• Create a professional-sounding email account (such as your full name, not jedimaster97 or hotmama23) if you are getting ready to apply for jobs, internships, scholarships, or graduate school
  • Clean up your social media/online presence. When you apply for jobs, internships, or graduate school, many people will Google you or review your social media sites, so make sure they are appropriate for those audiences. Take down anything questionable, un-tag yourself, and double check your privacy settings.

Informational Interviews. While you have some free time, take the opportunity to reach out to local lawyers and get some insight into legal careers. Ask if you can take them to coffee and chat about their careers.

  • How to find lawyers: Do your parents know any lawyers? Do you have any family members or family friends who are lawyers? They probably know even more lawyers to whom they can refer you for even more interviews. If you don’t know any lawyers and you live in Illinois, use the Illinois Lawyer Finder here, which allows you to search for lawyers by location and practice area around the state
  • For more details on how to conduct the interview use this Career Center resource.

Read up on legal issues and legal careers

  • A great book providing insight into lots of different legal careers is 24 Hours with 24 Lawyers by Jasper Kim. 
  • Legal websites and blogs abound. Here are popular legal sites where you can learn about hot legal issues and about the legal profession.
    • SCOTUSblog for up-to-the-minute analyses of what the Supreme Court is hearing and doing
    • Law.com for a look inside the legal profession from various practice areas
    • LawProfessorBlogs.com Want to get a peek into the world of law professors and the topics they consider important? This site provides a directory of many different blogs by topic area and includes everything from Adoption Law to White Collar Crime and everything in-between.
    • Illinois State Bar Association’s website includes a blog and daily legal news about legal issues around the state. (You can find other state sites by searching, for example, “Texas” and state bar association.)

Listen to podcasts–there are tons of great legal podcasts out there, including these.

  • I Am the Law presents interviews with all different types of lawyers, from environmental lawyers to prosecutors to family law and corporate.
  • Serial provides an in depth view of the nuance and challenges of prosecuting crimes as each season analyzes one criminal case.
  • Women in the Law. This special short-term series explored issues of particular relevance to women in the profession.
  • The Girl’s Guide to Law School–Don’t be fooled by the name; this is not just for girls! This podcast is relevant for everyone interested in law school. With topics ranging from Will Law School Be a Disaster to Which Law School Should I Go To to explaining OCI (an interview process for law students) to Avoiding Disasters in Law School to how to read cases, this podcast truly has something for everyone.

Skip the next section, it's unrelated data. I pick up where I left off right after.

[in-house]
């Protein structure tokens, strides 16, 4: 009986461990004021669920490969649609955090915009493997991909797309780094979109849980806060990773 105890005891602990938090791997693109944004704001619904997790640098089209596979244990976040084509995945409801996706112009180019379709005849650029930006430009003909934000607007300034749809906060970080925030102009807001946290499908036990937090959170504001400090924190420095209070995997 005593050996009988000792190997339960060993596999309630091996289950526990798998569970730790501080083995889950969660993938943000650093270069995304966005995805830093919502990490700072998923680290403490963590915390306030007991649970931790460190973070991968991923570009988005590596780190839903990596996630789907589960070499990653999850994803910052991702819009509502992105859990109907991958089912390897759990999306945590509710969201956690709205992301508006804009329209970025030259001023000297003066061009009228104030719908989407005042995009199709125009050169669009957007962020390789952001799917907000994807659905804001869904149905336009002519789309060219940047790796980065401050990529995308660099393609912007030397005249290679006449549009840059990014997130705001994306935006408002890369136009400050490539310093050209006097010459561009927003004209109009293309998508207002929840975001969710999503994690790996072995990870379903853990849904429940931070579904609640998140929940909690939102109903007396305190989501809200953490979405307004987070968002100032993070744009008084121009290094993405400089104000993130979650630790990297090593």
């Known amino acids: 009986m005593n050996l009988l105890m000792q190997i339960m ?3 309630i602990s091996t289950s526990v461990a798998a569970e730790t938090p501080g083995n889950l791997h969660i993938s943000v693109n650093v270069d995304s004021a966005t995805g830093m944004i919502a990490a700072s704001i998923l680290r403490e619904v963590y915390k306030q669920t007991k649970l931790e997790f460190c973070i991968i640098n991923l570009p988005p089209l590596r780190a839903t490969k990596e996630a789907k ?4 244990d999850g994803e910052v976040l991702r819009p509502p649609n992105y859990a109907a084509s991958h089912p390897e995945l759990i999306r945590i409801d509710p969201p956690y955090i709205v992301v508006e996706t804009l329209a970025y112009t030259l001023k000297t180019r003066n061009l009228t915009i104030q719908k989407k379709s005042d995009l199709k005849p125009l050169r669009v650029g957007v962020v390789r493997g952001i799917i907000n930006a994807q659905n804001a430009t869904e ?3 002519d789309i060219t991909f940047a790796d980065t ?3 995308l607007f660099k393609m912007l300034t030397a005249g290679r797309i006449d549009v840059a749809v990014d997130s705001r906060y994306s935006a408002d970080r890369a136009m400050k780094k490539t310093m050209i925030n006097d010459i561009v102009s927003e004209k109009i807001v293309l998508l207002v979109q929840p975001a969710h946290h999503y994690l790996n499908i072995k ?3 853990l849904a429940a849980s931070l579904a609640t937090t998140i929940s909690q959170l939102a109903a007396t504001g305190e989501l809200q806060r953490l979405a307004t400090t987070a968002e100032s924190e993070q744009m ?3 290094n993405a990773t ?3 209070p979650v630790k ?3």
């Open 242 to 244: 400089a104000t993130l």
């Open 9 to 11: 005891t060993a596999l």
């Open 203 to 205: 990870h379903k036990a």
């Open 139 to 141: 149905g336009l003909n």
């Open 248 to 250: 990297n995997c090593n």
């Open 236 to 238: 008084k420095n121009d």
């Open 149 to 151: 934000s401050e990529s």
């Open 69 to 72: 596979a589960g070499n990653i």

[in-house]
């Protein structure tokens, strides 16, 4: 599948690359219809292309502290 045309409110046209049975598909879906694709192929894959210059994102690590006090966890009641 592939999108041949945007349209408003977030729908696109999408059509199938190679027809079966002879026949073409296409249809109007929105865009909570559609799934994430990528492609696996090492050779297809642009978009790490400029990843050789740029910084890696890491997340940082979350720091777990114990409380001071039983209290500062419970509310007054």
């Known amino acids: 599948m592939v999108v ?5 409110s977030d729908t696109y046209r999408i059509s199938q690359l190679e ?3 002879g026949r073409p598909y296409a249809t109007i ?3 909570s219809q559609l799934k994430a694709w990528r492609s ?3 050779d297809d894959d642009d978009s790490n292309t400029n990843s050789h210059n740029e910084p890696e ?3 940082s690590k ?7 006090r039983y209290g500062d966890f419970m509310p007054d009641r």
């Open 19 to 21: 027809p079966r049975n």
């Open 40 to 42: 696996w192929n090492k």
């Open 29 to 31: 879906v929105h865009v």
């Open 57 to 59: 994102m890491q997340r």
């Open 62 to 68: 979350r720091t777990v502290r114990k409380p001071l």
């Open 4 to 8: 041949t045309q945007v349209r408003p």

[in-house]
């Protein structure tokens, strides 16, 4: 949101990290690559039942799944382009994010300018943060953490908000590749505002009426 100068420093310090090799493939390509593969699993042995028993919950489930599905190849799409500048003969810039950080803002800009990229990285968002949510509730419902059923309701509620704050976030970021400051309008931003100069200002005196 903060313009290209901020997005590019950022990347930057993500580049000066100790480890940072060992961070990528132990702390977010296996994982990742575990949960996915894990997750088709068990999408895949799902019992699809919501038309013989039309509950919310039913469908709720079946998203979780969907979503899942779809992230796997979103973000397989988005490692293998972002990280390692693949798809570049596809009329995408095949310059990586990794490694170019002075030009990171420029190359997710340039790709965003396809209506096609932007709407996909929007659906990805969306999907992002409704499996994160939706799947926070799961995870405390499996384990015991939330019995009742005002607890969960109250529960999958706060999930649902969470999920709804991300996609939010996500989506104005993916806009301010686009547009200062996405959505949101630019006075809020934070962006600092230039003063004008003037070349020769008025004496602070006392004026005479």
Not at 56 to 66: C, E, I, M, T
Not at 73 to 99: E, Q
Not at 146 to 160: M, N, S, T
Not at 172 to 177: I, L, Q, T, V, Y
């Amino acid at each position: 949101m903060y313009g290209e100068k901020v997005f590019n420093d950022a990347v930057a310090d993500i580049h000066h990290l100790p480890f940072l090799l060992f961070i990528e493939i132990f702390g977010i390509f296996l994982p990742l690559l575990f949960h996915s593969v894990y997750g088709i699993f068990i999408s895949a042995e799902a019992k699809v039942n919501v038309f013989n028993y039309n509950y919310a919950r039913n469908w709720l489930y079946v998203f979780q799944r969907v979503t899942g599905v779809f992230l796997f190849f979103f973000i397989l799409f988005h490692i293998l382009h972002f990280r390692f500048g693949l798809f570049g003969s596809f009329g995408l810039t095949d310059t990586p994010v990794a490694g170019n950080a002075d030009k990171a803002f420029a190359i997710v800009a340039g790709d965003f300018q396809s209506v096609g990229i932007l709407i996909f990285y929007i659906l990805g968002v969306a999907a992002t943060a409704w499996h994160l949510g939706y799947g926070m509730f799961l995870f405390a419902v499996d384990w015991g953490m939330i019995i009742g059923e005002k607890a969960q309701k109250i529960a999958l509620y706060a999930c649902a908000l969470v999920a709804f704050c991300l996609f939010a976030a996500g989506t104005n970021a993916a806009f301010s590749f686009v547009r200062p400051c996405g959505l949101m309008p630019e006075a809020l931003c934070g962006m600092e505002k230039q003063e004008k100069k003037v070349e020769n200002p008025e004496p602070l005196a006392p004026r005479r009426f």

If you are currently applying to law school:

  • Finish those applications. It is time to get them in!
  • Plan your law school visits–many schools will have open houses or visit days in January and February. This may require pre-registration and some travel that you’ll want to plan in advance.
  • Follow your law schools on social media if you’d like to know when they are making decisions or scheduling open house/admitted student events.
  • Make a Pre-Law Advising appointment–If you have application questions or want some feedback on an essay, you can make a phone or Skype appointment if you’re not in the area. Here is our appointment availability over winter break.
    • Appointments with a pre-law advisor are available through December 21.
    • The office will be closed December 25 through January 1, reopening on Jan. 2. (Staff will not be available during this time.)
    • Appointments will be available again January 2 through January 12.
    • Our regular schedule will resume with the Spring Semester on January 16.

 

 

 

 

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Mark Your Calendars – Week of April 17

PLAS Programs

Applying to Law School: A Workshop for Fall Applicants – TODAY, April 17, 4-5pm, Room 514 IUB

This workshop is designed for students who plan to apply to law school this fall. We will provide an overview of the application process, including: Understanding the Credential Assembly Service, getting recommendations, creating an application strategy, researching law schools, budgeting for the application process, suggested resources to use, LSAT considerations, and more. Time for Q&A will be available. This workshop does not cover writing the personal statement, which is covered in the separate workshop on Perfecting the Personal Statement and Resume for Law School.  

Perfecting Your Personal Statement and Resume: A Workshop for Fall Applicants – NEXT Tuesday, April 25, 4-5pm, Room 514 IUB

Planning to apply to law school this fall? This summer is a great time to focus on crafting the perfect personal statement and resume, which are very important elements of the application process. This workshop will provide an overview of the personal statement and resume required for law school applications, plus it will cover: Brainstorming topics, how to begin, creating a timeline, how to make the resume and personal statement complement each other, and we will provide a four step plan to approach crafting these critical documents. Please register so that we can ensure enough seating and materials for everyone.